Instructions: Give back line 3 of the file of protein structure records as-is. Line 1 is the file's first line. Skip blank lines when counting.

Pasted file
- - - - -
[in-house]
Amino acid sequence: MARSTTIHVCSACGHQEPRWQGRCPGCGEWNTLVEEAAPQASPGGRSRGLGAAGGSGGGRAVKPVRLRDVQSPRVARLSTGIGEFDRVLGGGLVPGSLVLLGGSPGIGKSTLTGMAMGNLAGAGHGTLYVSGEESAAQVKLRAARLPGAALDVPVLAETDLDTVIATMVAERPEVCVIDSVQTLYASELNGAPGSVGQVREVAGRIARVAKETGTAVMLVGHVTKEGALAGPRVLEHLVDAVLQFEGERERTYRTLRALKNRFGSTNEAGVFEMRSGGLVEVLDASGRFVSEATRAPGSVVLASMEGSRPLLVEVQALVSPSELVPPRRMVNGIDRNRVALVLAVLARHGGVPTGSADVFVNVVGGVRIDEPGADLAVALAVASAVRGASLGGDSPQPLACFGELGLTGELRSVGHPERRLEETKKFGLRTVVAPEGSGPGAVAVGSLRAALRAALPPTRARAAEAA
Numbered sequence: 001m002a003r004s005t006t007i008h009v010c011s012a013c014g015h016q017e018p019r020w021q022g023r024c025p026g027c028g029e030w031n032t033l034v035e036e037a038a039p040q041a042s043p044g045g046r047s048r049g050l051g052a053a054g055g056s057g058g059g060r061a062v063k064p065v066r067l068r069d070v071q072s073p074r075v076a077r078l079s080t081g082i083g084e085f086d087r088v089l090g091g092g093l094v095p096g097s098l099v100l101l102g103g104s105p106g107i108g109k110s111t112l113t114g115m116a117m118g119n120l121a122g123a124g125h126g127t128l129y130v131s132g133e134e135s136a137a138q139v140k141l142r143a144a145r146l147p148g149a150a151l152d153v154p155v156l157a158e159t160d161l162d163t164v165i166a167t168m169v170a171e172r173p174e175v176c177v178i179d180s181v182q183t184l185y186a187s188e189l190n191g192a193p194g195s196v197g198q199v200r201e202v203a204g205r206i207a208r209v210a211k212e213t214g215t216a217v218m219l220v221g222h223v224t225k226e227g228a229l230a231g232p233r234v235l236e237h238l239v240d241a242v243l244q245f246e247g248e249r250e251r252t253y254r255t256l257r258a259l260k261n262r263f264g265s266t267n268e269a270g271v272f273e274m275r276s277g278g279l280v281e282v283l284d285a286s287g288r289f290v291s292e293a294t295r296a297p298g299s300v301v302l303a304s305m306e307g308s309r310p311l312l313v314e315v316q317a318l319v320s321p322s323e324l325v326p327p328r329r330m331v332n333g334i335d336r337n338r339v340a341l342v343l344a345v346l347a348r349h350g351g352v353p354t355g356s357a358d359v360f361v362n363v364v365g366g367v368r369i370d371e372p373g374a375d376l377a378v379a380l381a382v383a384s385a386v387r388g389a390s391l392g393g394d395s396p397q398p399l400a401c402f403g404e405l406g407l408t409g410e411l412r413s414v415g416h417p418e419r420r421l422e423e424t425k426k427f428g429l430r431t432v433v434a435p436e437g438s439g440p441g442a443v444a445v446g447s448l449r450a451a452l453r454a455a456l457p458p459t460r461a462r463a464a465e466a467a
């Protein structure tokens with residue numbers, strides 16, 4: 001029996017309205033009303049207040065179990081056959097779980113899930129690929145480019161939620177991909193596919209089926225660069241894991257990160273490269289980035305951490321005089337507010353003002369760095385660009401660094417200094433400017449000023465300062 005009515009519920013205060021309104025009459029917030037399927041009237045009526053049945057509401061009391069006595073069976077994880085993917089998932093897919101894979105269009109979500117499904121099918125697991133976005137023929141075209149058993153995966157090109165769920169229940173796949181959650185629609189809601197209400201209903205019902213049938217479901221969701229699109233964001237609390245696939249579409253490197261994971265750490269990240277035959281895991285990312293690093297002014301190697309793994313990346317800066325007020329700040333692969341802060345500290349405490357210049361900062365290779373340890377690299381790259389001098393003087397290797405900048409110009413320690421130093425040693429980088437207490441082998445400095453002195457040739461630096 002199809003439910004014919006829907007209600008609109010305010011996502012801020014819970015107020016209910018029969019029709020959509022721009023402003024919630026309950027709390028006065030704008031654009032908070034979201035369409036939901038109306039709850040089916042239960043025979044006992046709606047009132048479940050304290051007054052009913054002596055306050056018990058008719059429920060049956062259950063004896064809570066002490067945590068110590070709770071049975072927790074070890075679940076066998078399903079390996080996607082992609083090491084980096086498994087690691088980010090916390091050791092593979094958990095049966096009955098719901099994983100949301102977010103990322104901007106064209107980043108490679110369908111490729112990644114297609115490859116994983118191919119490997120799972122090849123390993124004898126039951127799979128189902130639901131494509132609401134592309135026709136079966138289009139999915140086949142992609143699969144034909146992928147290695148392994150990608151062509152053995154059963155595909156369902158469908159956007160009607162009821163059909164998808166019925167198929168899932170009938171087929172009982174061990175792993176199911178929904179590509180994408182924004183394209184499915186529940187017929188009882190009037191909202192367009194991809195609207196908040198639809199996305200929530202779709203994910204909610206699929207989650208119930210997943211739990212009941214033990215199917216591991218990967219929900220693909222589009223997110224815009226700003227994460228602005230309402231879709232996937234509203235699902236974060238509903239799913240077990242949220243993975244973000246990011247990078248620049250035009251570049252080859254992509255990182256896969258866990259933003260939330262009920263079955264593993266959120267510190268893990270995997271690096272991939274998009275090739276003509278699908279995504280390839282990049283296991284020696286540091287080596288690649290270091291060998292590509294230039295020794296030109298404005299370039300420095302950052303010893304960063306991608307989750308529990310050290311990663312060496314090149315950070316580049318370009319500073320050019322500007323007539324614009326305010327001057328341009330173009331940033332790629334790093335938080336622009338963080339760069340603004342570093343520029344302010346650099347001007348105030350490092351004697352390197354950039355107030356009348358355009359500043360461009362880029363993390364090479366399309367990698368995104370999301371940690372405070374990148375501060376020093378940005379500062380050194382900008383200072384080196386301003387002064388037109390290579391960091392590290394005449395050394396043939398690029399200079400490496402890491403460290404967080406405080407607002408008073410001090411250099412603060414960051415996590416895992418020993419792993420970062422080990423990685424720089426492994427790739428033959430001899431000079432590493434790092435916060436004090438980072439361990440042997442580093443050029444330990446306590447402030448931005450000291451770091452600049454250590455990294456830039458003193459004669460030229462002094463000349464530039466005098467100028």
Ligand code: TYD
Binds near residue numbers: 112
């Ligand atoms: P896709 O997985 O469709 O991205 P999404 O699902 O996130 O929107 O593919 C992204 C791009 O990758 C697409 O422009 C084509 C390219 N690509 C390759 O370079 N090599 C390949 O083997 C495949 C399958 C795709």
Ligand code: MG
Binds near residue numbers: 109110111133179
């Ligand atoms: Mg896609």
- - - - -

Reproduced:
Numbered sequence: 001m002a003r004s005t006t007i008h009v010c011s012a013c014g015h016q017e018p019r020w021q022g023r024c025p026g027c028g029e030w031n032t033l034v035e036e037a038a039p040q041a042s043p044g045g046r047s048r049g050l051g052a053a054g055g056s057g058g059g060r061a062v063k064p065v066r067l068r069d070v071q072s073p074r075v076a077r078l079s080t081g082i083g084e085f086d087r088v089l090g091g092g093l094v095p096g097s098l099v100l101l102g103g104s105p106g107i108g109k110s111t112l113t114g115m116a117m118g119n120l121a122g123a124g125h126g127t128l129y130v131s132g133e134e135s136a137a138q139v140k141l142r143a144a145r146l147p148g149a150a151l152d153v154p155v156l157a158e159t160d161l162d163t164v165i166a167t168m169v170a171e172r173p174e175v176c177v178i179d180s181v182q183t184l185y186a187s188e189l190n191g192a193p194g195s196v197g198q199v200r201e202v203a204g205r206i207a208r209v210a211k212e213t214g215t216a217v218m219l220v221g222h223v224t225k226e227g228a229l230a231g232p233r234v235l236e237h238l239v240d241a242v243l244q245f246e247g248e249r250e251r252t253y254r255t256l257r258a259l260k261n262r263f264g265s266t267n268e269a270g271v272f273e274m275r276s277g278g279l280v281e282v283l284d285a286s287g288r289f290v291s292e293a294t295r296a297p298g299s300v301v302l303a304s305m306e307g308s309r310p311l312l313v314e315v316q317a318l319v320s321p322s323e324l325v326p327p328r329r330m331v332n333g334i335d336r337n338r339v340a341l342v343l344a345v346l347a348r349h350g351g352v353p354t355g356s357a358d359v360f361v362n363v364v365g366g367v368r369i370d371e372p373g374a375d376l377a378v379a380l381a382v383a384s385a386v387r388g389a390s391l392g393g394d395s396p397q398p399l400a401c402f403g404e405l406g407l408t409g410e411l412r413s414v415g416h417p418e419r420r421l422e423e424t425k426k427f428g429l430r431t432v433v434a435p436e437g438s439g440p441g442a443v444a445v446g447s448l449r450a451a452l453r454a455a456l457p458p459t460r461a462r463a464a465e466a467a